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Source: Amazon Studios

The Creator of Amazon Prime's 'Hunters' Turned to His Grandmother for Inspiration

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In the new Amazon Prime drama Hunters, you’ll hear the Hebrew word "safta" a lot. As it turns out, that one word — and the person it represents — is what led executive producer David Weil to create the series in the first place.

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Safta, which means "grandmother" in Hebrew, is an important figure in Amazon’s 'Hunters'.

The story largely takes place in 1977 and centers on Jonah Heidelbaum, a young man who witnesses the brutal murder of his safta, Ruth (a Holocaust survivor and Jonah’s last remaining relative), inside their Brooklyn home. 

Devastated by her death, Jonah decides to investigate the killing after he’s unable to identify the perpetrator. He soon meets Ruth’s old friend, Meyer Offerman, who leads a team of crime fighters fixated on tracking down former Third Reich officials now living undetected in the U.S. He later tells Jonah that Ruth was one of his best Nazi hunters. 

Weil revealed that his own grandmother, who was a Holocaust survivor, inspired the character of Ruth. "As a Jewish kid growing up on Long Island, my grandmother was my superhero," the writer recently told the New York Daily News. "Hunters became a love letter to my grandmother."

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Source: Amazon Studios

Her memories may have sounded like "the stuff of comic books" to a 5-year-old boy, but as Weil got older, "I struggled with that feeling of birthright," he explained during the Winter Television Critics Association Press Tour in January. "What was my responsibility now to continue her story?"

Hunters isn’t always historically accurate, but Weil never set out to make a biopic. "This is a piece about wish fulfillment and wondering what if there was this band of secret Nazi hunters who were eliminating these people [in the U.S.]," he shared.

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The series doesn’t shy away from the depravity of Nazi Germany.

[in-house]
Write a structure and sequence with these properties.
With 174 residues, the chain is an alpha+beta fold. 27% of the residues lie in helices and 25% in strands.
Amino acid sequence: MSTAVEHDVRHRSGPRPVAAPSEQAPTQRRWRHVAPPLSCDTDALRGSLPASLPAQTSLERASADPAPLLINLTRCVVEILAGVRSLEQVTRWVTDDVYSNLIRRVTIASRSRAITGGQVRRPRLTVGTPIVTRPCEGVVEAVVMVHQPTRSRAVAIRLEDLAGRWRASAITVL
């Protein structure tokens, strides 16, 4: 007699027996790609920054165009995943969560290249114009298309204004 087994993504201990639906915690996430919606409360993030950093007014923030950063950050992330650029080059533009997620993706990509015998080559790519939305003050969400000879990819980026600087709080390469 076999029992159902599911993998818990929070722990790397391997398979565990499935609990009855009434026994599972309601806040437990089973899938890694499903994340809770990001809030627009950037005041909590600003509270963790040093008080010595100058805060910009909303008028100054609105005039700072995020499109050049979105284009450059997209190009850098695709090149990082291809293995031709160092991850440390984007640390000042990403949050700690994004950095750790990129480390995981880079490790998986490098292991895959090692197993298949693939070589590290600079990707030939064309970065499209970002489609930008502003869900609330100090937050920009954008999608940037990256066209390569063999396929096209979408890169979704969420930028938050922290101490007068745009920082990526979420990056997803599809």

Flashbacks are utilized to remind the audience of the horrific acts that led to the hunters’ crusade, and those scenes are, unsurprisingly, not easy to sit through.

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Source: Amazon Studios
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"The design of the violence of the past, yes it is graphic, but we tried to suggest a lot more violence than depict it," Weil said of the show’s most brutal sequences. "It’s in service of the story. It’s helping us understand why our hunters are doing what they're doing. Every single frame, every single flashback has a purpose."

Weil added that the production team thought long and hard about how to construct those sensitive narratives. "I think it was very important to us to ensure that the scenes in the past were all approached in a sobering, reverential, respectful way," he stated. 

"It’s in part just this larger onus we have in telling this story about respecting the survivors and respecting the victims of the Holocaust, and ensuring that their stories are told with the utmost respect and authenticity. Namely in the face of so much Holocaust denial these days."

One way the writers did that is by giving each of the survivors in Hunters a number tattoo above 202499, which was the last known recorded number used for a Holocaust victim. "We didn’t want to use the number of a real survivor," Weil explained.

The first season of Hunters is now available to stream on Amazon Prime Video.

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